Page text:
Cheers,
 

Ed Seeley

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ceg4048 said:
Hi Ray,
Yes, the capacitor analogy is an excellent one. The ammonia is bound and after a while the bacteria can feed on the trapped ammonia. As your quote says though you get clogging and the zeolite should be replaced at the same interval as other biomedia (couple months or so - no freebies in life mate :arghh: ) However, Barr ssems to indicate that zeolite can be recharged by soaking it in brine. I'm still looking into this as I'm not sure what sort of concentration or duration is required to recharge, or whether it's indefinitely rechargeable.

Cheers,
Zeolite will dump ammonia if there are even small amounts of salt in the water. Koi keepers have used Zeolite for years to help with bursts of ammonia and have then fallen foul of it when adding salt to treat diseases!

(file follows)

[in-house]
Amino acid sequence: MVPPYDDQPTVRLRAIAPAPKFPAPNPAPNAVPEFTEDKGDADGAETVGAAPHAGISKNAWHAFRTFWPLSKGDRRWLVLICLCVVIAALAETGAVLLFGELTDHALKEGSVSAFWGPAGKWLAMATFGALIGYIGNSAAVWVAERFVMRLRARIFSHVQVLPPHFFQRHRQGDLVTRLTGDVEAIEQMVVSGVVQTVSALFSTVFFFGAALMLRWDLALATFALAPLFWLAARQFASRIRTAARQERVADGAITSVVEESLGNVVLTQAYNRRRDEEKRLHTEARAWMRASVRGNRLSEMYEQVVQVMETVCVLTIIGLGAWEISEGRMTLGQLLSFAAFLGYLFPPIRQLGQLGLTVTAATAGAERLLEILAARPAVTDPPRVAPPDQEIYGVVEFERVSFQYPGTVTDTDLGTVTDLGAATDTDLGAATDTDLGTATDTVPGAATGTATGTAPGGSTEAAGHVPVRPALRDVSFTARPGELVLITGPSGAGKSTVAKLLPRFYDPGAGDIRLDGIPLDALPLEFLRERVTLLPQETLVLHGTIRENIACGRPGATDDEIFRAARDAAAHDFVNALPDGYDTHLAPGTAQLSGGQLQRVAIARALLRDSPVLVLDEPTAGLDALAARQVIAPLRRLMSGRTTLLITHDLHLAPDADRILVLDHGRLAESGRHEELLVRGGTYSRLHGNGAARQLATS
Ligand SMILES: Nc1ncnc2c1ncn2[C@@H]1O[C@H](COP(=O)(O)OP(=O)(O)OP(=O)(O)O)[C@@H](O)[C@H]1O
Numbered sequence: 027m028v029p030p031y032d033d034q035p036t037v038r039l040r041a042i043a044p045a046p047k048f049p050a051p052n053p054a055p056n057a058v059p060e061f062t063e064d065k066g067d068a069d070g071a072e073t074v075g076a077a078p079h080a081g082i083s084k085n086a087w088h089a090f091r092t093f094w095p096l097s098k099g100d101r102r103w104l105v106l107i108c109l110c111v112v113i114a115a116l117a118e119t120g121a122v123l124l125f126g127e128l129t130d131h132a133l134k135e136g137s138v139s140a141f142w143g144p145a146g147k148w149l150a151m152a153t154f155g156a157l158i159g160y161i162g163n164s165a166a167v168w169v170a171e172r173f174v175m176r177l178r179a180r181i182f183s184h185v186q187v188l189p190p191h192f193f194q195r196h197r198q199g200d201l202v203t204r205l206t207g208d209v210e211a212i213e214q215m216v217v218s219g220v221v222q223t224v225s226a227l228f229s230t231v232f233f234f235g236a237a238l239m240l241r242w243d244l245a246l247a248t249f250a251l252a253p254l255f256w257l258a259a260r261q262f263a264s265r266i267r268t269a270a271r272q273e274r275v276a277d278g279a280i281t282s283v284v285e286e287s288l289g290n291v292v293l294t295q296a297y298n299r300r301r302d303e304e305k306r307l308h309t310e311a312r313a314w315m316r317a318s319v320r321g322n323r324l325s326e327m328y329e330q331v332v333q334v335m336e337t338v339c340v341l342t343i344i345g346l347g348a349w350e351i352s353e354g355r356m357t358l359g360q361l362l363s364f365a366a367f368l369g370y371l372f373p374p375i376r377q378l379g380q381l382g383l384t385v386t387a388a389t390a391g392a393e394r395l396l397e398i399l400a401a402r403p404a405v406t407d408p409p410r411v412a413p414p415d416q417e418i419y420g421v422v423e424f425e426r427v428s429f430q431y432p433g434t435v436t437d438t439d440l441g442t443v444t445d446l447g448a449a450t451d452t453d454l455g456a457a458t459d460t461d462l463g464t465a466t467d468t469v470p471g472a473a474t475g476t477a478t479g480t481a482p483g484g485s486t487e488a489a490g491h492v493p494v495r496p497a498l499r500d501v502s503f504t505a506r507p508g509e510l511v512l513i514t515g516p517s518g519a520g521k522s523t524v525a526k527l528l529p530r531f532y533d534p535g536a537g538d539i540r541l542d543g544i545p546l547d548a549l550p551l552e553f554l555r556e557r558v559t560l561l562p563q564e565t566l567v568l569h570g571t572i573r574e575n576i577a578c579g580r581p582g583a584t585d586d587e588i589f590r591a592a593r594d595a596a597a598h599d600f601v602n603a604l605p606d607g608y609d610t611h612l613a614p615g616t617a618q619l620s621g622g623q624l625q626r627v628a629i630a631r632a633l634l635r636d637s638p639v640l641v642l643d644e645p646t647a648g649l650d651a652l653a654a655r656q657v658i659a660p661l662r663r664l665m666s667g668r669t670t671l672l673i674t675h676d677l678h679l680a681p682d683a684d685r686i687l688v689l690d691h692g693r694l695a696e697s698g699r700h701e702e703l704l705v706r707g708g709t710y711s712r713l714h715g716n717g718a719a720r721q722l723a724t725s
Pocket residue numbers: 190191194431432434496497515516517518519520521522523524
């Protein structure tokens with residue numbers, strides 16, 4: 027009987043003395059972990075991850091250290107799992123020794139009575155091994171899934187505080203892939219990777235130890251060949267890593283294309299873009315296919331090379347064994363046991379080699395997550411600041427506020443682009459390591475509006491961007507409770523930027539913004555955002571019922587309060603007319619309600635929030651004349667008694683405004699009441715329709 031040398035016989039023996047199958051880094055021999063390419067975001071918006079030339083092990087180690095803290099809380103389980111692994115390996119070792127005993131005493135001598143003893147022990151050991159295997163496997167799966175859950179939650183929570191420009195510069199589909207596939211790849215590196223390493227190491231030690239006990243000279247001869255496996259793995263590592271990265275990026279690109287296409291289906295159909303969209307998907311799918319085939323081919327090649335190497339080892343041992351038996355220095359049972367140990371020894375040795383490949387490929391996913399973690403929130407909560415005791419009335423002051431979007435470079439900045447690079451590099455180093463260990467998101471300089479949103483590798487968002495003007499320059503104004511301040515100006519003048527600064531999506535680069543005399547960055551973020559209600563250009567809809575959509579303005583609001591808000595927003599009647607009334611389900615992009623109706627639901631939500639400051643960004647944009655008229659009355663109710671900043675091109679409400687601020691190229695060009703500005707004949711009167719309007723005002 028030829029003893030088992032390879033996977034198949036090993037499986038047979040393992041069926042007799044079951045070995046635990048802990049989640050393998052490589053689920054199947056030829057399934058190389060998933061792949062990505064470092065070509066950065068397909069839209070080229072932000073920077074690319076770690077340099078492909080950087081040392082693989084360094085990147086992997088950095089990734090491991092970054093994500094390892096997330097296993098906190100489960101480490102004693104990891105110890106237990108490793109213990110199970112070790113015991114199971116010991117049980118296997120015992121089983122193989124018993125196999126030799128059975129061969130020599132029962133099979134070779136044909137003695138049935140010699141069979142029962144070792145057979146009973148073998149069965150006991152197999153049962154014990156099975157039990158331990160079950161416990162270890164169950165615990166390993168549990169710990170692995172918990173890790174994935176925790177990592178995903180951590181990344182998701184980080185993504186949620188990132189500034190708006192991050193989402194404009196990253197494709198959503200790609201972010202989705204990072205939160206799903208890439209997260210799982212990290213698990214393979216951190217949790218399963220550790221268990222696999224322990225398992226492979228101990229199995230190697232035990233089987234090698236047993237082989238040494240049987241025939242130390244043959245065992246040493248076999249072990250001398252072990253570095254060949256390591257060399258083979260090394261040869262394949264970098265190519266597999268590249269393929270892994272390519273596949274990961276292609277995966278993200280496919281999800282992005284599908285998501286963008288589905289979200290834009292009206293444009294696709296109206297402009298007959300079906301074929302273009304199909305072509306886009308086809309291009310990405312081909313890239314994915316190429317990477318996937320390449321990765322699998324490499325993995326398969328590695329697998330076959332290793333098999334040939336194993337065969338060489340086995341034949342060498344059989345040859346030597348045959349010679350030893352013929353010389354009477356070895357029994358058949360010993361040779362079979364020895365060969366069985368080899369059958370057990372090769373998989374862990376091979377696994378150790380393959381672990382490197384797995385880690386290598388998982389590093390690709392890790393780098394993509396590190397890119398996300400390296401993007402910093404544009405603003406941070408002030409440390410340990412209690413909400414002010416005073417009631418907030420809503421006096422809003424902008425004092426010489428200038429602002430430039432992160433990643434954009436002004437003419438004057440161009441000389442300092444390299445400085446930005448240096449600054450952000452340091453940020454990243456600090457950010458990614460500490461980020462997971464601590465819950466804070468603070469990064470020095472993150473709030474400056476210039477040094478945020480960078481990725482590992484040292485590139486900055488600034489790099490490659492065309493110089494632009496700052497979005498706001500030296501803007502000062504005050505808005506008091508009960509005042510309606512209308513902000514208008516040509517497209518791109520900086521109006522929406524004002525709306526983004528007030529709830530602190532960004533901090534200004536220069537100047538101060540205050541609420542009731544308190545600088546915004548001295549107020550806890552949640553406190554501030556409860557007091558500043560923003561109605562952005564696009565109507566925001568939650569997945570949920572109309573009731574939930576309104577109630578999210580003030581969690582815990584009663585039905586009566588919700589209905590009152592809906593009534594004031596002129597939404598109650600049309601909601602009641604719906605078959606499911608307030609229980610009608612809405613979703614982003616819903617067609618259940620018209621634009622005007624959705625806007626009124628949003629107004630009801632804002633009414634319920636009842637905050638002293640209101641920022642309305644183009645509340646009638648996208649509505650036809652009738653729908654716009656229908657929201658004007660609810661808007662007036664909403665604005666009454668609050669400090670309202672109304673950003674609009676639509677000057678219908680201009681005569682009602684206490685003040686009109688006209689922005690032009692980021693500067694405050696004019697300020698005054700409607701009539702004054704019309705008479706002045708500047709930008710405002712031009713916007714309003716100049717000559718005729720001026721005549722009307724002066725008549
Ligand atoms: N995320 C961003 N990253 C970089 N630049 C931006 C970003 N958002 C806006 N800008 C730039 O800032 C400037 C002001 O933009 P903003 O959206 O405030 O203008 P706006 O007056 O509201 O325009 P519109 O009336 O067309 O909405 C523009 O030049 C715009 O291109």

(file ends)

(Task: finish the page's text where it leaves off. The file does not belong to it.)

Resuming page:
So it's not that's it's recharged, like a water softening ion exchange resin, but the contents are dumped in the prescence of salt. When I've recharged it I've just left it overnight and I've only re0used the stuff about 5 times until it gets rather brown and then dumped it as it's so cheap to buy new stuff for the amounts I use.
 

ceg4048

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Thanks Ed! :D I bought brand name and it wasn't so cheap. Where do you get yours?

Cheers,
 

Ed Seeley

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I got a bag of it from my LFS years ago and as I only use it in Killifish fry tubs and similar I'm only just getting to the end of it! You might be able to pick up the stuff for koi ponds at very cheap prices, but that's usually large pieces. As it's just a natural rock though it would be too hard to break it up I suppose!